Continuation of procedure:
Step 4. Add R1 to R2 and replace R1 by that sum. Step 5. Multiply R2 by 4, add result to R3 and replace R3 by that sum. Step 6. Multiply R3 by 3/5 to get a 1 in the third row, third position. FM/04/Melikyan

Final result Step 7. Eliminate the 5/3 in the first row third position by multiplying row 3 by -5/3 and adding result to Row 1. Step 8. Eliminate the -4/3 in the second row, third position by multiplying R3 by 4/3 and adding result to R2. Step 9. You now have the identity matrix on the left, which is our goal. FM/04/Melikyan

The inverse matrix The inverse matrix appears on the right hand side of the vertical line and is displayed below. Many calculators as well as computers have software programs that can calculate the inverse of a matrix quite easily. If you have access to a TI 83, consult the manual to determine how to find the inverse using a calculator. FM/04/Melikyan

Matrix equations Let’s review one property of solving equations involving real numbers. Recall If ax = b then x = or A similar property of matrices will be used to solve systems of linear equations. Many of the basic properties of matrices are similar to the properties of real numbers with the exception that matrix multiplication is not commutative. FM/04/Melikyan

Solving a matrix equation
Given an n x n matrix A and an n x 1 column matrix B and a third matrix denoted by X, we will solve the matrix equation AX = B for X. Reasons for each step: 1. Given (Note: since A is n x n , X must by n x p , where p is a natural number ) 2. Multiply on the left by A inverse. 3. Associative property of matrices 4. Property of matrix inverses. 5. Property of the identity matrix (I is the n x n identity matrix since X is n x p). 6. Solution. Note A inverse is on the left of B. The order cannot be reversed because matrix multiplication is not commutative. FM/04/Melikyan

An example: Use matrix inverses to solve the system below: 1. Determine the matrix of coefficients, A, the matrix X, containing the variables x, y, and z. and the column matrix B, containing the numbers on the right hand side of the equal sign. FM/04/Melikyan

Continuation: 2. Form the matrix equation AX=B . Multiply the 3 x 3 matrix A by the 3 x 1 matrix X to verify that this multiplication produces the 3 x 3 system on the left: FM/04/Melikyan

Problem continued: If the matrix A inverse exists, then the solution is determined by multiplying A inverse by the column matrix B. Since A inverse is 3 x 3 and B is 3 x 1, the resulting product will have dimensions 3 x1 and will store the values of x , y and z. The inverse matrix A can be determined by the methods of a previous section or by using a computer or calculator. The display is shown below: FM/04/Melikyan

Solution When the product of A inverse and matrix B is found the result is as follows: The solution can be interpreted from the X matrix: x = 0, y = 2 and z = -1/2 . Written as an ordered triple of numbers, the solution is (0 , 2 , -1/2) FM/04/Melikyan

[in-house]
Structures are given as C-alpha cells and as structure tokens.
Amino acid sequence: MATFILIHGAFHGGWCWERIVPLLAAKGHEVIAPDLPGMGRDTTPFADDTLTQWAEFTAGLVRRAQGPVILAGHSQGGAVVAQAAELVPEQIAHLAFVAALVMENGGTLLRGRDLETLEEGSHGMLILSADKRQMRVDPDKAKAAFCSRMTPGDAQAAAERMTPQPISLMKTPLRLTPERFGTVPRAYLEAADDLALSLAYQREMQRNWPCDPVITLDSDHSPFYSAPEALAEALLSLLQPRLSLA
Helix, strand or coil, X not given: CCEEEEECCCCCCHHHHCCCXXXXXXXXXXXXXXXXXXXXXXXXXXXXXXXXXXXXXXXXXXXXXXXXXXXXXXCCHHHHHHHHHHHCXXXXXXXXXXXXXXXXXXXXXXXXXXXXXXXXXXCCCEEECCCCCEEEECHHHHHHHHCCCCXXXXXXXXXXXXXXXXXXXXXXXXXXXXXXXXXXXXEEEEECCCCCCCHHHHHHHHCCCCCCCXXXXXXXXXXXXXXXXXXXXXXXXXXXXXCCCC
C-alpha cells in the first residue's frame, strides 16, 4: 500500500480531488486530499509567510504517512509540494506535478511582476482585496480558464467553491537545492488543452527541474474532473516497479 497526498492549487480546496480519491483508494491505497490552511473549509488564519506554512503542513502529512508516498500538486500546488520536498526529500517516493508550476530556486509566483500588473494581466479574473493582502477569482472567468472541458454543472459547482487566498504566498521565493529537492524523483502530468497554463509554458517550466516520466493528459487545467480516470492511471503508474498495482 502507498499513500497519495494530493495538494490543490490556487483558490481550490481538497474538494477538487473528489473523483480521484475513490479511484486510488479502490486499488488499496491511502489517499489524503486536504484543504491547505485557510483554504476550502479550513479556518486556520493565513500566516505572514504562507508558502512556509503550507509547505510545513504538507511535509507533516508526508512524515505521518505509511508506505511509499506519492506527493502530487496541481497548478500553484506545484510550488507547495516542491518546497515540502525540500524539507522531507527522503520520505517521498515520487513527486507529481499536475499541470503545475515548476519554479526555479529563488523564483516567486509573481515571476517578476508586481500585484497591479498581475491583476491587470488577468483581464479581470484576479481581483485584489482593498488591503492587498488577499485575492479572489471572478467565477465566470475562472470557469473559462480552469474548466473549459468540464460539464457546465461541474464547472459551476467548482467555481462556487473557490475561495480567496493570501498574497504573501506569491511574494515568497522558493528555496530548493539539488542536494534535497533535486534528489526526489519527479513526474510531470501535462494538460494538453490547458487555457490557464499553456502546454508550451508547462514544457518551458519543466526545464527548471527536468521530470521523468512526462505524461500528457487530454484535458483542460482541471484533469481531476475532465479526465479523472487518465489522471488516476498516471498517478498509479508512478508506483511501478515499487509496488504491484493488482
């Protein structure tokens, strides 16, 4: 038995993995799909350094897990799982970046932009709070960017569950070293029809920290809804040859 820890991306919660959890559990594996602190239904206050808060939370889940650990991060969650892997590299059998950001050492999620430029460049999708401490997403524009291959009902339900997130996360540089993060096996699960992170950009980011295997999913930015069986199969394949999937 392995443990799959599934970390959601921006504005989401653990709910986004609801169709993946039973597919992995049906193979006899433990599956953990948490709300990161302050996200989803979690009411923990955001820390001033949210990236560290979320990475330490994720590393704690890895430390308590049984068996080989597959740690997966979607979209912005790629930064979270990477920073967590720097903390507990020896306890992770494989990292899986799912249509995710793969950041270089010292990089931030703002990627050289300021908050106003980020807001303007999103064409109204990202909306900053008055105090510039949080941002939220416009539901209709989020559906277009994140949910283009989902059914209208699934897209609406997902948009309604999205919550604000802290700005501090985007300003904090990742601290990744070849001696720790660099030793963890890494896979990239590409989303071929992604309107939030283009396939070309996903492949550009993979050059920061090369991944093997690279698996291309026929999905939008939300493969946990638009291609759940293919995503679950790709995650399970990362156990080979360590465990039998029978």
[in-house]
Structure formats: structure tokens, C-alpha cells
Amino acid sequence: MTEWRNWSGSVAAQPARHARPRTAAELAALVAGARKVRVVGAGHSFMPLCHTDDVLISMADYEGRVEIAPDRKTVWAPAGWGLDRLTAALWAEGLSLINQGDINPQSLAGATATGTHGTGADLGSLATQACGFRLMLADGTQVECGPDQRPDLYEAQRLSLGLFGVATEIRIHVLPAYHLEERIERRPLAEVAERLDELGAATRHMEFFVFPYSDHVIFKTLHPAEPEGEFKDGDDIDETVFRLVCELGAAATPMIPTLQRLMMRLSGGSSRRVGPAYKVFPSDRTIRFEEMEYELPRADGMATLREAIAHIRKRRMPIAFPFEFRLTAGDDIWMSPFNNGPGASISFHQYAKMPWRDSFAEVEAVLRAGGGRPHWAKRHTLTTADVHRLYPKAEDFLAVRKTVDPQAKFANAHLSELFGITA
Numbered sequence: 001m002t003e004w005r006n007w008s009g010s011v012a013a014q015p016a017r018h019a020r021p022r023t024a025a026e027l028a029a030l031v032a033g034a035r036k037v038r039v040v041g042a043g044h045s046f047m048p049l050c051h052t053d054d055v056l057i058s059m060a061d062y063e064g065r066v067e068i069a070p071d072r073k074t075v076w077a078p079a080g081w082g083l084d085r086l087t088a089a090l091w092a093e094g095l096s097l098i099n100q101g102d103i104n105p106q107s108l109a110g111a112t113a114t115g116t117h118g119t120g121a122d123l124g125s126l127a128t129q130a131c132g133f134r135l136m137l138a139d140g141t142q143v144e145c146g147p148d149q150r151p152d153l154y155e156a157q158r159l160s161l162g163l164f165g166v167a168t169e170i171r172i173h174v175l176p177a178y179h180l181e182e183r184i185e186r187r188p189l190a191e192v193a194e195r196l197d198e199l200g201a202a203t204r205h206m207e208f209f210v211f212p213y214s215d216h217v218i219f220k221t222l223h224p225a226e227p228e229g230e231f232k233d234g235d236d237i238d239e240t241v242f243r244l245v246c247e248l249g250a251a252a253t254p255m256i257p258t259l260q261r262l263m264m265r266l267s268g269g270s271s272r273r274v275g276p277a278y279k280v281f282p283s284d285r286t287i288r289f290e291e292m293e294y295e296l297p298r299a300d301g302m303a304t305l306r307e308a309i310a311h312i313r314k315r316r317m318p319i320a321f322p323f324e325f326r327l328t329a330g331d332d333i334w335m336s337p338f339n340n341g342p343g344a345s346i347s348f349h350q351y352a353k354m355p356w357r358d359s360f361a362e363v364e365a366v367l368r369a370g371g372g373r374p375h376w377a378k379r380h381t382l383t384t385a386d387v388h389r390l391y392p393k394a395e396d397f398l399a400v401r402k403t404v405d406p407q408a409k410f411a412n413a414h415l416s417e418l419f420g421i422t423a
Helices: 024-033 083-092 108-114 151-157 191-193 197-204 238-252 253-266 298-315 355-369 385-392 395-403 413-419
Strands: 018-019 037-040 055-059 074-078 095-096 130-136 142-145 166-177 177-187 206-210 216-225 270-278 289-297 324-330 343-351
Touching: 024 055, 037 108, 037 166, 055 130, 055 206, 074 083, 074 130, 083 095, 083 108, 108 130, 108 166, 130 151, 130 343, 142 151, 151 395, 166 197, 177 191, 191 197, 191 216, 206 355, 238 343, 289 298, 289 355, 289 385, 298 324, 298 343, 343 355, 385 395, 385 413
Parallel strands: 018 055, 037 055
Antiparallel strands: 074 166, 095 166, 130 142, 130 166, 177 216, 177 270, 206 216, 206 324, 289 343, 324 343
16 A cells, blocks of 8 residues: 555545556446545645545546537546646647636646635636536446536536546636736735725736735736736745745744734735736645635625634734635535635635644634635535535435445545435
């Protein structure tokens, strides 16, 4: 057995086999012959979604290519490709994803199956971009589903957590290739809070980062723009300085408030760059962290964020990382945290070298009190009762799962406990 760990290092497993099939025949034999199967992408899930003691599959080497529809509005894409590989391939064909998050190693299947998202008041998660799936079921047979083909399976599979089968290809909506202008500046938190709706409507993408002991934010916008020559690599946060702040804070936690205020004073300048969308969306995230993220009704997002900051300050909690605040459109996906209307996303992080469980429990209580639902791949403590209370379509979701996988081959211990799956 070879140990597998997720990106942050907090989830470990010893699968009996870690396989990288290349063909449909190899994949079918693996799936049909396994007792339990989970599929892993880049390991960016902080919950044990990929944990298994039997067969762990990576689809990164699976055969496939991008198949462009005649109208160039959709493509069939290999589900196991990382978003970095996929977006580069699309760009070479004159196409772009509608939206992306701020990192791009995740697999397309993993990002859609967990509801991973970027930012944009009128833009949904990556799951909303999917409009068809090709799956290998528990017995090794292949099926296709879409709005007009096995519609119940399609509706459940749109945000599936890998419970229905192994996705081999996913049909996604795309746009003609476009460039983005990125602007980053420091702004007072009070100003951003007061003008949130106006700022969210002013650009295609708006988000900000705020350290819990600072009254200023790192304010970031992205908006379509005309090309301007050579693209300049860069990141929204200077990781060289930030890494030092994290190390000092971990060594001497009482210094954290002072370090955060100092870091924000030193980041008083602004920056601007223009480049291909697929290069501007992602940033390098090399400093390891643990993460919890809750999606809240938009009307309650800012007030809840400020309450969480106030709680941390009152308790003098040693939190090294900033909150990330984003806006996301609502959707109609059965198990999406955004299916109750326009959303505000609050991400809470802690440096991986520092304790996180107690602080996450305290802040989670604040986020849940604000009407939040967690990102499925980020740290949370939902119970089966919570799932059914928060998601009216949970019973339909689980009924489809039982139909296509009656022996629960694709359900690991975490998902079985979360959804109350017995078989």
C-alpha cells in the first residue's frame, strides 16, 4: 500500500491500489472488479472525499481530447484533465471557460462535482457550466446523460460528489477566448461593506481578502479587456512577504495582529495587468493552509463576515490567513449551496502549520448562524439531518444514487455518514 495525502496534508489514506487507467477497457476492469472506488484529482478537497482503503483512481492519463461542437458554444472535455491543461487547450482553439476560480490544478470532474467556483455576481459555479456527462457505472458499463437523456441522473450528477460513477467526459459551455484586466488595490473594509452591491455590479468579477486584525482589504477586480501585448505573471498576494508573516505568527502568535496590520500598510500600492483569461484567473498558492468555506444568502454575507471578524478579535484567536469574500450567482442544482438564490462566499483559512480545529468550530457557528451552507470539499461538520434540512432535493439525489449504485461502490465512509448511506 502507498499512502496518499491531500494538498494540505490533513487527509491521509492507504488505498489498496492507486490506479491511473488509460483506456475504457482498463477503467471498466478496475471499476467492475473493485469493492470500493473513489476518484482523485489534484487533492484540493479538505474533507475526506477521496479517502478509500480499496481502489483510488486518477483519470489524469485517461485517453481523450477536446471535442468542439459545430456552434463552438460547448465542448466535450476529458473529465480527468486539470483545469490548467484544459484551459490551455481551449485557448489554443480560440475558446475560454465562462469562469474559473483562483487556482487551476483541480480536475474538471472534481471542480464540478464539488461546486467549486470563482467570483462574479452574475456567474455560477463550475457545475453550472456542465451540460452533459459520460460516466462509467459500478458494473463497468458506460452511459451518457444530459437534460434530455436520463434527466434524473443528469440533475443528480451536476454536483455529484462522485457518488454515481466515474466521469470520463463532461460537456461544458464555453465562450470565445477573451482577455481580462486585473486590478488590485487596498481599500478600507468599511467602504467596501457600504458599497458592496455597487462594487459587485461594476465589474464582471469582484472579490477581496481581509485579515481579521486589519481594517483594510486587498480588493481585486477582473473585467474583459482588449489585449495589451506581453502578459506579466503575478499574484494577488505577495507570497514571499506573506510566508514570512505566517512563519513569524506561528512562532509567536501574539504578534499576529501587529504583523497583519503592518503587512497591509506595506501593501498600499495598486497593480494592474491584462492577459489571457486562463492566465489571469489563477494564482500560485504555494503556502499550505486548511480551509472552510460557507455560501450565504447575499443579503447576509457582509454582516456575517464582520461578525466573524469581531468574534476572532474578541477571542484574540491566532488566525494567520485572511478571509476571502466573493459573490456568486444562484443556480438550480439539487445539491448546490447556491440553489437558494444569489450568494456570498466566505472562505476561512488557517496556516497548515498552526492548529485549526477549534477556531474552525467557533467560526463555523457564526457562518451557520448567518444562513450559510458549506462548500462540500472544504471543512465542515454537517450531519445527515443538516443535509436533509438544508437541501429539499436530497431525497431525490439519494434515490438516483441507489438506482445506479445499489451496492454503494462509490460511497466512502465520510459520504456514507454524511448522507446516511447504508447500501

Another example: Using matrix techniques to solve a linear system
Solve the system below using the inverse of a matrix The coefficient matrix A is displayed to the left:: The inverse of A does not exist. We cannot use the technique of multiplying A inverse by matrix B to find the variables x, y and z. Whenever, the inverse of a matrix does not exist, we say that the matrix is singular. There are two cases were inverse methods will not work: 1. if the coefficient matrix is singular 2. If the number of variables is not the same as the number of equations. FM/04/Melikyan

Application A \$30 \$20 B \$40 Guitar model Labor cost Material cost
Production scheduling: Labor and material costs for manufacturing two guitar models are given in the table below: Suppose that in a given week \$1800 is used for labor and \$1200 used for materials. How many of each model should be produced to use exactly each of these allocations? Guitar model Labor cost Material cost A \$30 \$20 B \$40 FM/04/Melikyan

Solution Let A be the number of model A guitars to produce and B represent the number of model B guitars. Then, multiplying the labor costs for each guitar by the number of guitars produced, we have 30x + 40y = 1800 Since the material costs are \$20 and \$30 for models A and B respectively, we have 20A + 30B = 1200. This gives us the system of linear equations: 30A+ 40B = 1800 20A+30B=1200 We can write this as a matrix equation: FM/04/Melikyan

solution Produce 60 model A guitars and no model B guitars.
Using the result The inverse of matrix A is Produce 60 model A guitars and no model B guitars. FM/04/Melikyan